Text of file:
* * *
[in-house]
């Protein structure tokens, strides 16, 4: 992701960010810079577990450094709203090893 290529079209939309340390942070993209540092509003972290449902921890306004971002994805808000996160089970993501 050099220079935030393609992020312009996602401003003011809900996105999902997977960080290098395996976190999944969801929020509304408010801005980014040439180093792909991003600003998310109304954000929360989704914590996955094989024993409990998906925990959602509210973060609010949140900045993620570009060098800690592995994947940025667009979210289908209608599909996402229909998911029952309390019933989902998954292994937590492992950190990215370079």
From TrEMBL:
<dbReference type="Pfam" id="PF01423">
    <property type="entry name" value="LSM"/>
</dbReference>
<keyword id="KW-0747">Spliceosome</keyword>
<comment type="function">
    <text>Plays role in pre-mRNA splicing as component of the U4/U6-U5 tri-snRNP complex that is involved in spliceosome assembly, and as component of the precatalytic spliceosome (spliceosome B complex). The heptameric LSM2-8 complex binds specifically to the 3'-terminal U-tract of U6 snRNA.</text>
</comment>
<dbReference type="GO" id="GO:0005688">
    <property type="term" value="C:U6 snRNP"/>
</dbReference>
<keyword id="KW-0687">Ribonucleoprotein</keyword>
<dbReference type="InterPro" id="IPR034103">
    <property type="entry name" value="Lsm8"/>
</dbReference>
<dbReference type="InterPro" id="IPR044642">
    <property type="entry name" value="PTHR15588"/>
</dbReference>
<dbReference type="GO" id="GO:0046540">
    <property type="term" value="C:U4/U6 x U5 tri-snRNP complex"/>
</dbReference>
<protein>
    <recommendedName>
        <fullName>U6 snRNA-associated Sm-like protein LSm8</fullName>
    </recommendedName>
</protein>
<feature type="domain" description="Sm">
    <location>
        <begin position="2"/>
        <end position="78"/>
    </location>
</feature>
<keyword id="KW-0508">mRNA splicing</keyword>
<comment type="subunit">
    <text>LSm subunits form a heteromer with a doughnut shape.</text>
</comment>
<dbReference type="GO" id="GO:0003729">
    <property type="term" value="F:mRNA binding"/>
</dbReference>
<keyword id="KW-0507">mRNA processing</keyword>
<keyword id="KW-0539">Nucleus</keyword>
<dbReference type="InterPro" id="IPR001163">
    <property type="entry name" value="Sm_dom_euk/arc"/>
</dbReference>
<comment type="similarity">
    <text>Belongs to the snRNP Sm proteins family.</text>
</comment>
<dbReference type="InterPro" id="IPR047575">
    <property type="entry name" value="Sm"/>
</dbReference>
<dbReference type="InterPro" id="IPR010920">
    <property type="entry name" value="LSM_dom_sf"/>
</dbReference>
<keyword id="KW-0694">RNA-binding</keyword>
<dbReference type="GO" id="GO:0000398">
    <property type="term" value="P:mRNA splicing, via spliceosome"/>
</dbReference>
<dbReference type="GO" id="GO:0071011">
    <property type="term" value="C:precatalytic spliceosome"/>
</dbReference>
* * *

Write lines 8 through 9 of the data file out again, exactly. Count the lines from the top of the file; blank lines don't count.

<comment type="function">
    <text>Plays role in pre-mRNA splicing as component of the U4/U6-U5 tri-snRNP complex that is involved in spliceosome assembly, and as component of the precatalytic spliceosome (spliceosome B complex). The heptameric LSM2-8 complex binds specifically to the 3'-terminal U-tract of U6 snRNA.</text>